Market Watch | The fine art of government-services acquisitions
Over the past 15 years, the number and variety of government-services merger and acquisition transactions have dramatically increased. There is a significant number of serial acquirers that continually expand their due diligence lists and activities from the lessons they've learned. Moreover, the requirements of the Sarbanes-Oxley Act and financial institution covenants call for a deeper due diligence process. Higher valuation multiples also are causing buyers to want a more thorough understanding of the target company and any risk factors.
Consequently, acquirers have become more sophisticated in analyzing acquisition opportunities, often using the help of professionals such as lawyers, accountants, investment bankers and consultants with specialized knowledge of the government contracting industry. A cottage industry of professionals and advisers has come into being.
Due diligence now covers all legal, financial, accounting and tax matters with particular focus on government contracts, contract backlog, cash flow, and the taxable status of the company.
A lot of attention is focused on the ability to transfer small business and set-aside contracts, compliance with the Federal Acquisition Regulation, sellers' accounting systems and practices, the next 12 months of revenue, and customer relationships including past performance and sustainability.
More attention than ever is focused on softer issues: intellectual capital, quality of management, culture and overall reputation. Buyers of government services companies typically require retention agreements for key managers of a company.
This is done to give them a higher level of certainty that those managers will continue with the buyer, and that their subordinates will follow. A considerable focus is put on the capabilities and customer relationships of the senior managers.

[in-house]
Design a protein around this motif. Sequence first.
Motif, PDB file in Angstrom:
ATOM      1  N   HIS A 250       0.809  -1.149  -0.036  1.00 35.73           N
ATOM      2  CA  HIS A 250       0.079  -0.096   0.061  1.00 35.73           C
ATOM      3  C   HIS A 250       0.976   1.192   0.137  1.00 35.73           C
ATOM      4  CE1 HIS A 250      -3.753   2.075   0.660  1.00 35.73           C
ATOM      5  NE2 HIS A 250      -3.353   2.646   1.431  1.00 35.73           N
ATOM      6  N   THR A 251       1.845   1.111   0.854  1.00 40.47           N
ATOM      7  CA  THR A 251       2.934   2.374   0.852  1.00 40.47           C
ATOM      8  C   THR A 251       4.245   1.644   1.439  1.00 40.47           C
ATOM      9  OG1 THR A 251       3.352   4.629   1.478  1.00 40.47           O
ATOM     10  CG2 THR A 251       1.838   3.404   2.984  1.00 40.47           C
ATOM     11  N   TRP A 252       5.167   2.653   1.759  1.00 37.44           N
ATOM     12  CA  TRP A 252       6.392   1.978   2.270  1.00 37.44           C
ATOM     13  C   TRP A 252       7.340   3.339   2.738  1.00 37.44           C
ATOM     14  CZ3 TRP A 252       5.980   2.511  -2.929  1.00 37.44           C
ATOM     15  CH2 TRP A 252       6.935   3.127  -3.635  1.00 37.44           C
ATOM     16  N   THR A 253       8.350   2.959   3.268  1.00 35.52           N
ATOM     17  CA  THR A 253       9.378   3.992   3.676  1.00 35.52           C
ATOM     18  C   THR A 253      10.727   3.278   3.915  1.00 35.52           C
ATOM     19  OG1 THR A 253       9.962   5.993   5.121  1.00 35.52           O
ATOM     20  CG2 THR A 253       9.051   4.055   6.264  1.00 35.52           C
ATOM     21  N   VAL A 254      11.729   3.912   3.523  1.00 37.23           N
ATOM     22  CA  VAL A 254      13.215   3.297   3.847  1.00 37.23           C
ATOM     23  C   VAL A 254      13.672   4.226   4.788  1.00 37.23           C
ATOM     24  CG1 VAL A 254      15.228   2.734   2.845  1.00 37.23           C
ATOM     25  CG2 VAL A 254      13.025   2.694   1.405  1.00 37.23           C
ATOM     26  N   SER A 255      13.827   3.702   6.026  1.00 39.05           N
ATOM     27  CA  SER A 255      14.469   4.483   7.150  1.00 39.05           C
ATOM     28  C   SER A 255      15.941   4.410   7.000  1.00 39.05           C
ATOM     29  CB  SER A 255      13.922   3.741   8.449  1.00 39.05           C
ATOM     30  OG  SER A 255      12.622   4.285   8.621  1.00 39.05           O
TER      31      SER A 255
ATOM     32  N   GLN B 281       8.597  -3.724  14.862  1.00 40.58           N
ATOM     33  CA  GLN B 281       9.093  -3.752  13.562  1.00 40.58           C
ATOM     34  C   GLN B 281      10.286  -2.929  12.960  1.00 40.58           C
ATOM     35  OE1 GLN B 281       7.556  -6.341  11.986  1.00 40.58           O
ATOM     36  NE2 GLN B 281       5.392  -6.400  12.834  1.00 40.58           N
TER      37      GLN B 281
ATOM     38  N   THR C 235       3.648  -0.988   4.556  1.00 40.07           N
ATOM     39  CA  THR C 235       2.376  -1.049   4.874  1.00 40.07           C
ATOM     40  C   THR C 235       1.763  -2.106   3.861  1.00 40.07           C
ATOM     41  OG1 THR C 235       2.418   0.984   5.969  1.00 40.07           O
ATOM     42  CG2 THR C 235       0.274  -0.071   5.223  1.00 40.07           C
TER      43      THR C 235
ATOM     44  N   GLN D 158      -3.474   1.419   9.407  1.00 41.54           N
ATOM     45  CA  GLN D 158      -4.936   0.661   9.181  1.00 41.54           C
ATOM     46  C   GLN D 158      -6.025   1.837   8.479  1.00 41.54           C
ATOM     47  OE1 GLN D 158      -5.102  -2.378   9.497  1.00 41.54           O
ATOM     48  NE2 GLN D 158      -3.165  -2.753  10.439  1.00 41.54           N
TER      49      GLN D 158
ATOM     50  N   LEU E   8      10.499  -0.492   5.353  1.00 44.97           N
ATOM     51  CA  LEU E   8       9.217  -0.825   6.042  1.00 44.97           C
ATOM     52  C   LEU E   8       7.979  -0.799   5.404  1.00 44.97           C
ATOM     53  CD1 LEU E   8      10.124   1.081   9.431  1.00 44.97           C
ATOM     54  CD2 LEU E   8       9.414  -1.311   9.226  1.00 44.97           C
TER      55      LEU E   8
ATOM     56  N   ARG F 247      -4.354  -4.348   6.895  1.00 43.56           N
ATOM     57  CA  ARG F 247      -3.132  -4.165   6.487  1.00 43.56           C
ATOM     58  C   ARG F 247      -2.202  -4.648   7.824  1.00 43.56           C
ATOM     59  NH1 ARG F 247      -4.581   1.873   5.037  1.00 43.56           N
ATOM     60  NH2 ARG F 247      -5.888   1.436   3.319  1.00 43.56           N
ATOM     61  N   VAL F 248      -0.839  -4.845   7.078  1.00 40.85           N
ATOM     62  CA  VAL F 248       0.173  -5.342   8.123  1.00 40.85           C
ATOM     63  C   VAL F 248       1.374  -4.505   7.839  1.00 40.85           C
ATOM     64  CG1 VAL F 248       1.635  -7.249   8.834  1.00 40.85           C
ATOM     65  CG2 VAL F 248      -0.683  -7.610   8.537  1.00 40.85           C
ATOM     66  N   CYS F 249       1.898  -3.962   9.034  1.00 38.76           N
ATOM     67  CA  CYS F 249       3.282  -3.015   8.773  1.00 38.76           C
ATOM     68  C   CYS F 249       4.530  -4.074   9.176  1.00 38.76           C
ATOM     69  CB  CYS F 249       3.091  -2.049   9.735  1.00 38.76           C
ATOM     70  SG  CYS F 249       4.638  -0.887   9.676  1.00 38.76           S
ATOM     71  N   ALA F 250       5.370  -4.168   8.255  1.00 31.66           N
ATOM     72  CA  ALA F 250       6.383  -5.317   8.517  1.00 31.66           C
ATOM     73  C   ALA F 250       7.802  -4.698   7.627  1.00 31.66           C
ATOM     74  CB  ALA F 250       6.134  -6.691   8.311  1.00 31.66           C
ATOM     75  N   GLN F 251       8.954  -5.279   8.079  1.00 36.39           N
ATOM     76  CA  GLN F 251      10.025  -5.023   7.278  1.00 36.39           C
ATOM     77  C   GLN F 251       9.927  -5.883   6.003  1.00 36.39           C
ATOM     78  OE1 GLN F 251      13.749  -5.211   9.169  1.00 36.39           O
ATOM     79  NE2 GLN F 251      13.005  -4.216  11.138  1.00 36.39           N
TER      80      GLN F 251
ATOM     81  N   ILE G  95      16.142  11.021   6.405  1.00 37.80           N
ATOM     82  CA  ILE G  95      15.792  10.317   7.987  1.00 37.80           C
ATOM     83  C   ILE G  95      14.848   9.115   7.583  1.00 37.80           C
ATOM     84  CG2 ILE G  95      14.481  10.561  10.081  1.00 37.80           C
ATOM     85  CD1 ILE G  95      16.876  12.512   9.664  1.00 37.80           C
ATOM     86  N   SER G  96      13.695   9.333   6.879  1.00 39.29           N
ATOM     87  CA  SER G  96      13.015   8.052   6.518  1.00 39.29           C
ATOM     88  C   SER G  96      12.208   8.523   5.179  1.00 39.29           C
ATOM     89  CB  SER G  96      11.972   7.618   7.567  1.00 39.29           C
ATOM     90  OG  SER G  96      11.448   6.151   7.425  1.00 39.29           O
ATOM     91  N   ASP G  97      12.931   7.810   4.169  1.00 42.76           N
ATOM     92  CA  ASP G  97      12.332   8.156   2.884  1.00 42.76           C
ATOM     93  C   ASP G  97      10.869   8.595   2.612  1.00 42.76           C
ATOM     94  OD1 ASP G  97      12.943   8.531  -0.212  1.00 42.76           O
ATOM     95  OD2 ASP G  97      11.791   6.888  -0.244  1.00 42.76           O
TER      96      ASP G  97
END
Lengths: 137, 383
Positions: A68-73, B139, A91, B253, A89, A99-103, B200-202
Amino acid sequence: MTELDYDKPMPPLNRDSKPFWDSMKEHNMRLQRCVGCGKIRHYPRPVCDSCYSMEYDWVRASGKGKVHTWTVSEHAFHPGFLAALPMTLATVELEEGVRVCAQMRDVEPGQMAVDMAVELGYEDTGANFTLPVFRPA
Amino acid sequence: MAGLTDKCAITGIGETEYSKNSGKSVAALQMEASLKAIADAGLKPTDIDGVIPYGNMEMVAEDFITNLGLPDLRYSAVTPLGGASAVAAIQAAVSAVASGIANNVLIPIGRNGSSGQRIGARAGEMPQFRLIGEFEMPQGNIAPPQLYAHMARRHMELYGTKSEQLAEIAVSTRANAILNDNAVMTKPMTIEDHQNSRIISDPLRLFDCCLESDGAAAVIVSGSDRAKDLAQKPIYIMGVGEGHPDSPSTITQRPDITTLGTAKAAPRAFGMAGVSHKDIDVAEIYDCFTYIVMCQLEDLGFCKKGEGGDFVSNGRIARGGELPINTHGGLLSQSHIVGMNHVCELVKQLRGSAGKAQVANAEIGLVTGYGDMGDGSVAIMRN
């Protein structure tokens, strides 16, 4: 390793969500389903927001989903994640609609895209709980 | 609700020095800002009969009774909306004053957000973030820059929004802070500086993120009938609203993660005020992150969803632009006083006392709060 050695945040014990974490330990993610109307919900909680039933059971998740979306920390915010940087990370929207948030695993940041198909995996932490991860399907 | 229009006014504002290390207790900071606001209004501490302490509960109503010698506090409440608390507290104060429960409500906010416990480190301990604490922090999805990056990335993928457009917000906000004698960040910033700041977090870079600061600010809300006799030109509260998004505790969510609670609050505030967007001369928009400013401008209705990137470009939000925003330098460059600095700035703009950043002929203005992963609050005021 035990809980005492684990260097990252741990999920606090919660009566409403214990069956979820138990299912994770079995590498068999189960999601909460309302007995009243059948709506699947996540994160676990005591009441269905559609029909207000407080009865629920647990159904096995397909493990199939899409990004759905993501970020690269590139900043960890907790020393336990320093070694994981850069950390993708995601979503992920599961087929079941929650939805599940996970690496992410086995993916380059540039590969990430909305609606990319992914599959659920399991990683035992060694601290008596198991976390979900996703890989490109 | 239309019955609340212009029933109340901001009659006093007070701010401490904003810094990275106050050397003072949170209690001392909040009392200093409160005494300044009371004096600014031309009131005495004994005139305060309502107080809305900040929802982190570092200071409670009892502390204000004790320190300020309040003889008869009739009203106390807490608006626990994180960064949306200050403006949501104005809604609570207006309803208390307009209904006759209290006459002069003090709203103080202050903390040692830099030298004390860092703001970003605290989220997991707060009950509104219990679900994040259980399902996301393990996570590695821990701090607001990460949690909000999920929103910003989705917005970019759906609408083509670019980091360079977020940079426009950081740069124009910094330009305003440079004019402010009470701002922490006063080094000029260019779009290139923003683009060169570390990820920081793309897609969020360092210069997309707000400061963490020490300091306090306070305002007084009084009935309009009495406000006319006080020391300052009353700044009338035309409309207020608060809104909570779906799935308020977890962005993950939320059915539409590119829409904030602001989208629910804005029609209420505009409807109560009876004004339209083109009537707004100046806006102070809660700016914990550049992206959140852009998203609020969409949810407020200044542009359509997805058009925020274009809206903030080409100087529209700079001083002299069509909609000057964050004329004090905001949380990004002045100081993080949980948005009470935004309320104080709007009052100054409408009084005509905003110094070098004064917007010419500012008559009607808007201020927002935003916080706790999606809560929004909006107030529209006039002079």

Experienced buyers also want a thorough understanding of the target company's culture and how it compares to their own cultures. Each company has its own personality, usually reflecting the principal owner.
Comparing employee benefits is critical, as a buyer cannot offer less benefits if it wants most of the employees to stay with the new company. A lack of sensitivity to culture is probably the primary reason that some government services acquisitions do not succeed and integration plans don't work.
Consider that it is not unusual for a buyer's diligence team to consist of more than 20 highly specialized experts that will examine every aspect of a seller's business. More than ever, buyers are highly sensitive to potential risk or liability that could impact their expected rate of return. To avoid surprises, sellers should plan and prepare extensively before coming into the market. Professional advisers should be engaged to thoroughly review legal, government contract, accounting, tax and personnel issues.
Both buyers and sellers will spend considerable time, expense and opportunity during the due diligence phase. As a result, it is in the interest of both parties to create a higher level of certainty that a transaction will close before the two companies enter into an exclusive arrangement.
Establishing a high degree of certainty is accomplished through a combination of disclosure and preparation. It has never been more important that sellers disclose potential liabilities early in the process and be well-prepared for an extensive examination.
With the recent advent of online data rooms, sellers can and should allow potential buyers to perform as much due diligence as they want before putting the company under a definitive letter of intent. This minimizes the chance of the deal being renegotiated or not closing.
The seller should conduct reciprocal due diligence on the buyer, focusing on how the cultures fit and understanding the plan for integration.
Richard Knop is senior managing director and co-head of the defense and government services group at BB&T Capital Markets/Windsor Group, Reston, Va.